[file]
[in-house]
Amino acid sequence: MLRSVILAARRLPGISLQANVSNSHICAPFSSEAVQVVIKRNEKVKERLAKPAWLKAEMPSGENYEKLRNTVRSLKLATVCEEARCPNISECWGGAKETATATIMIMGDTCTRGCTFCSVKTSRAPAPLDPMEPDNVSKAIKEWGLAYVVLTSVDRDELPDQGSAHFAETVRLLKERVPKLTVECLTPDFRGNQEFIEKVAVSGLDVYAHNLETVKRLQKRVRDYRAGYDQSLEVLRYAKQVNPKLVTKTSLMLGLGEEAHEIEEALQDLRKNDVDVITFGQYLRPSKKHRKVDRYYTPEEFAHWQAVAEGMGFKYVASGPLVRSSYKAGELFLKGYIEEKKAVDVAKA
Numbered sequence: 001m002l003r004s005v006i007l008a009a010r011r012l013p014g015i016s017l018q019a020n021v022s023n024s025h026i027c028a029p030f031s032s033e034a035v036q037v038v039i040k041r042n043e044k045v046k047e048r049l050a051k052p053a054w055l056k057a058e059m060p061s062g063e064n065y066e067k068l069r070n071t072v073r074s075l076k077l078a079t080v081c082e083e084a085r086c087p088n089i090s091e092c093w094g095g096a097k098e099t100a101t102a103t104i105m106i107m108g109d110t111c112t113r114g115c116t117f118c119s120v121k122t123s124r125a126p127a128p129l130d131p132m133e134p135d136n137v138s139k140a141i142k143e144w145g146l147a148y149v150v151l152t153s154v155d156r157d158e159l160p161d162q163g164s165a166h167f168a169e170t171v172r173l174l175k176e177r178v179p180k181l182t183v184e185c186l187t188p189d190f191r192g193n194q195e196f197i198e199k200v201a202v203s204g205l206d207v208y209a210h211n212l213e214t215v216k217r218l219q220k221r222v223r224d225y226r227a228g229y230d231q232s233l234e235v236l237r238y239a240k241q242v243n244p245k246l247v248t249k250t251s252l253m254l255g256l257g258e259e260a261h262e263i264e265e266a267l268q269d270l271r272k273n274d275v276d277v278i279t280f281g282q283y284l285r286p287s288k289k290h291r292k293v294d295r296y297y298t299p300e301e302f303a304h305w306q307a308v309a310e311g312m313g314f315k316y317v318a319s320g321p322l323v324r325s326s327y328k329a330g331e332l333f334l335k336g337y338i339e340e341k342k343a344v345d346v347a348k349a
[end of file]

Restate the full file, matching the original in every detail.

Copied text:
[in-house]
Amino acid sequence: MLRSVILAARRLPGISLQANVSNSHICAPFSSEAVQVVIKRNEKVKERLAKPAWLKAEMPSGENYEKLRNTVRSLKLATVCEEARCPNISECWGGAKETATATIMIMGDTCTRGCTFCSVKTSRAPAPLDPMEPDNVSKAIKEWGLAYVVLTSVDRDELPDQGSAHFAETVRLLKERVPKLTVECLTPDFRGNQEFIEKVAVSGLDVYAHNLETVKRLQKRVRDYRAGYDQSLEVLRYAKQVNPKLVTKTSLMLGLGEEAHEIEEALQDLRKNDVDVITFGQYLRPSKKHRKVDRYYTPEEFAHWQAVAEGMGFKYVASGPLVRSSYKAGELFLKGYIEEKKAVDVAKA
Numbered sequence: 001m002l003r004s005v006i007l008a009a010r011r012l013p014g015i016s017l018q019a020n021v022s023n024s025h026i027c028a029p030f031s032s033e034a035v036q037v038v039i040k041r042n043e044k045v046k047e048r049l050a051k052p053a054w055l056k057a058e059m060p061s062g063e064n065y066e067k068l069r070n071t072v073r074s075l076k077l078a079t080v081c082e083e084a085r086c087p088n089i090s091e092c093w094g095g096a097k098e099t100a101t102a103t104i105m106i107m108g109d110t111c112t113r114g115c116t117f118c119s120v121k122t123s124r125a126p127a128p129l130d131p132m133e134p135d136n137v138s139k140a141i142k143e144w145g146l147a148y149v150v151l152t153s154v155d156r157d158e159l160p161d162q163g164s165a166h167f168a169e170t171v172r173l174l175k176e177r178v179p180k181l182t183v184e185c186l187t188p189d190f191r192g193n194q195e196f197i198e199k200v201a202v203s204g205l206d207v208y209a210h211n212l213e214t215v216k217r218l219q220k221r222v223r224d225y226r227a228g229y230d231q232s233l234e235v236l237r238y239a240k241q242v243n244p245k246l247v248t249k250t251s252l253m254l255g256l257g258e259e260a261h262e263i264e265e266a267l268q269d270l271r272k273n274d275v276d277v278i279t280f281g282q283y284l285r286p287s288k289k290h291r292k293v294d295r296y297y298t299p300e301e302f303a304h305w306q307a308v309a310e311g312m313g314f315k316y317v318a319s320g321p322l323v324r325s326s327y328k329a330g331e332l333f334l335k336g337y338i339e340e341k342k343a344v345d346v347a348k349a